Copy the Blueprint 

If a 4-12 Texans team littered with holes can use this strategy with such success, so can the Raiders on Sunday night. During their recent winning streak, Vegas has rediscovered and recommitted to their running philosophy. They’ve averaged just over 114 yards a game in these last three victories, highlighted by Josh Jacobs’ huge 129-yard game against Denver. The offensive line is hitting a groove again with Jacobs running like somebody pissed him off. In addition, both Peyton Barber and Marcus Mariota provide a nice change of pace. Even Derek can take off with good results.

The Raiders excel in play-action scenarios, and their old coach always dreamed of them being a group that controls the clock. The first step to doing either of those well, though, is to run the ball, and run it with conviction. Given all the struggles this offense has had in jolting their rushing attack awake, kudos to Greg Olson for not quitting on it.

This is a different Raiders offense

This Raiders offense is not the same one the Chargers saw on October 4th. In reality, this group may actually be better. Their offensive line is set and sound today; Alex Leatherwood isn’t getting bullied at tackle, and Andre James isn’t doing dumb things at center. As for the skill guys, Jacobs has found his 2019-self running the ball. Meanwhile, Hunter Renfrow has hit elite status in the slot and Zay Jones is being utilized correctly. Throw in the probable return of Darren Waller, and this group shouldn’t struggle to surpass 14 points this time around. If Carr can continue to game-manage well, preventing Herbert from touching the grass, and the defense can continue its recent surge, the Raiders will be in good shape when the lights come on.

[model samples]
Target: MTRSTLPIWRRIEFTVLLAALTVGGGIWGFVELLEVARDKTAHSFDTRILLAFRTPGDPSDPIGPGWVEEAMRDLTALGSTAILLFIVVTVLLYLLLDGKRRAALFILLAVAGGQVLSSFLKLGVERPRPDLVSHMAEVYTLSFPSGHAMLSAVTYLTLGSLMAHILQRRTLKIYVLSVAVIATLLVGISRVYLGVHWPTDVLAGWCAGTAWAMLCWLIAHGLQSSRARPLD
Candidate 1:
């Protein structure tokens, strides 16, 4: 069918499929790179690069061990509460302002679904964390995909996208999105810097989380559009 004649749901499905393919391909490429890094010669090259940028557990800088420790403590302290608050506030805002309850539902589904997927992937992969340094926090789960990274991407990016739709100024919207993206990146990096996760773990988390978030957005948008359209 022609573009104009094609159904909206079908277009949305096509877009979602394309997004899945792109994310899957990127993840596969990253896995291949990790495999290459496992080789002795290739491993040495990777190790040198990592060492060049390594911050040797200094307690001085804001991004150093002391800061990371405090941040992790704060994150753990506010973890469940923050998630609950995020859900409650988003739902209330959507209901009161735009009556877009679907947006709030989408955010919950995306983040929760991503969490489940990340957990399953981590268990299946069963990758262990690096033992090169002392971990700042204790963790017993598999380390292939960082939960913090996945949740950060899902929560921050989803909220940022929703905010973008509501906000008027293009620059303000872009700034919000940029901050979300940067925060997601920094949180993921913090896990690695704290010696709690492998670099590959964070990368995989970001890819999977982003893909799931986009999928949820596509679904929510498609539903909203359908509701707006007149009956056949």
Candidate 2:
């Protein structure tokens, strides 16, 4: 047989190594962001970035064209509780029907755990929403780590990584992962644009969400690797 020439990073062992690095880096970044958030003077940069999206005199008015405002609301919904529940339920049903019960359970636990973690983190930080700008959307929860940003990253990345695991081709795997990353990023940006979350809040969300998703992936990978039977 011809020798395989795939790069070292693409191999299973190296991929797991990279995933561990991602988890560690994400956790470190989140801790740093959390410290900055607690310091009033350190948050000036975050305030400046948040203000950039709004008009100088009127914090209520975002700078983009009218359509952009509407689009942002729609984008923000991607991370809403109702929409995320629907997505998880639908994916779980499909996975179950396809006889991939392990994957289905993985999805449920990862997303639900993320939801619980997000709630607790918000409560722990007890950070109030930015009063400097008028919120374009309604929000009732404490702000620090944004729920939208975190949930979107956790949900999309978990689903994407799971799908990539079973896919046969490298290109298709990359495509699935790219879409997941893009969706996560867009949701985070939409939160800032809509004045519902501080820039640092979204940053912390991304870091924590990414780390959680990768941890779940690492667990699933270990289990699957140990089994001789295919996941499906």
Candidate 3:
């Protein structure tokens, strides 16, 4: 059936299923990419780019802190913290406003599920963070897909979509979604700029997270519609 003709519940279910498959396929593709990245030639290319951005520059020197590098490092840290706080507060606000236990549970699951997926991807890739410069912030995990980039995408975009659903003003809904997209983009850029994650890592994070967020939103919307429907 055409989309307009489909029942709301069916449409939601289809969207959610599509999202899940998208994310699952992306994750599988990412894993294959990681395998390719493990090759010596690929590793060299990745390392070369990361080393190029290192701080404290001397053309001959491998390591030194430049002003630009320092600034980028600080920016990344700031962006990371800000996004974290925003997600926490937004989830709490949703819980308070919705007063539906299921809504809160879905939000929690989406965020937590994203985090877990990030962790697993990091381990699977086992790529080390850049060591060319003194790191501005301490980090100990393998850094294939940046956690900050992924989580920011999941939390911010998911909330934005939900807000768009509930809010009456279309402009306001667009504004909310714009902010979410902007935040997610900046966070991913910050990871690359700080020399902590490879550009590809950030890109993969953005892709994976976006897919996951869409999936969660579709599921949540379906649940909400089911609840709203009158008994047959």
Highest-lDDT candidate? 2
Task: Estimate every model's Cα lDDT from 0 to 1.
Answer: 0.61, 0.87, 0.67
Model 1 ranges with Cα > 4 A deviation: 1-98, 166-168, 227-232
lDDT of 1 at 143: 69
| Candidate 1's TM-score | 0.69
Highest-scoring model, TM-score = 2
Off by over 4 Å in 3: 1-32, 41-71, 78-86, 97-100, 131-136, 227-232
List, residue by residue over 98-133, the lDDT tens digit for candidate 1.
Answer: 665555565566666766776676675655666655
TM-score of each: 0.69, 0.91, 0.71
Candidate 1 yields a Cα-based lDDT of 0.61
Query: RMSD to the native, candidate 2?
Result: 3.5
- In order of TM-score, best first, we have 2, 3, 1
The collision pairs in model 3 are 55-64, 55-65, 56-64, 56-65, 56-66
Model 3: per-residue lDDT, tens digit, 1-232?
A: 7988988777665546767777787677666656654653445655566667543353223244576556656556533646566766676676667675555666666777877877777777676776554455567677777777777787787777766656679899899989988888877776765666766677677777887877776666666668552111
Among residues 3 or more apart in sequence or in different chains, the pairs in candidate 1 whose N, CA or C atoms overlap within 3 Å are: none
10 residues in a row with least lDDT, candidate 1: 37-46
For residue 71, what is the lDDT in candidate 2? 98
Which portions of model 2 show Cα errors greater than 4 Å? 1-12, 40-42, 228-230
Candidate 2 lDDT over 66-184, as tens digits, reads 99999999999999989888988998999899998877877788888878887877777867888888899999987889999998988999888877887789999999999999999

Win-and-in. Say it, repeat it, tattoo it on your forehead. It’s as easy as it gets, especially if the Silver and Black can “Just Run, Baby!

*Top Photo: Chris Unger/Getty Images

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Anonymous

It’s going to take a team effort to beat the Chargers but the spotlight is definitely on Derek car. I’ve always though he is a good QB but not a championship one. He’s great on the fairway but 4 putts on the green. He is is chance to prove myself, and many others wrong.

Patrock D

While it will take a team effort to beat the Chargers but the spotlight is on Carr of certain. I’ve always thought he was a good QB but not a championship one. He’s great on the fairway but 4 putts on the green. Now he has the opportunity to prove myself, and all his doubters wrong,

lftay5307

Things are a little more complex to be sure. While the Chargers are the 30th ranked run defense, the Raiders are the 29th ranked run offense. And the running game isn’t going so great during the win streak, either, with YPCs the last three weeks of 3.9, 4.0, and 3.1. That isn’t going to win many games over the course of the season. In contrast, the Raiders have one of the best passing offenses. The answer, of course, is to be unpredictable. I don’t have faith that the Raiders offensive line can cram it down the Chargers’ throat, but they… Read more »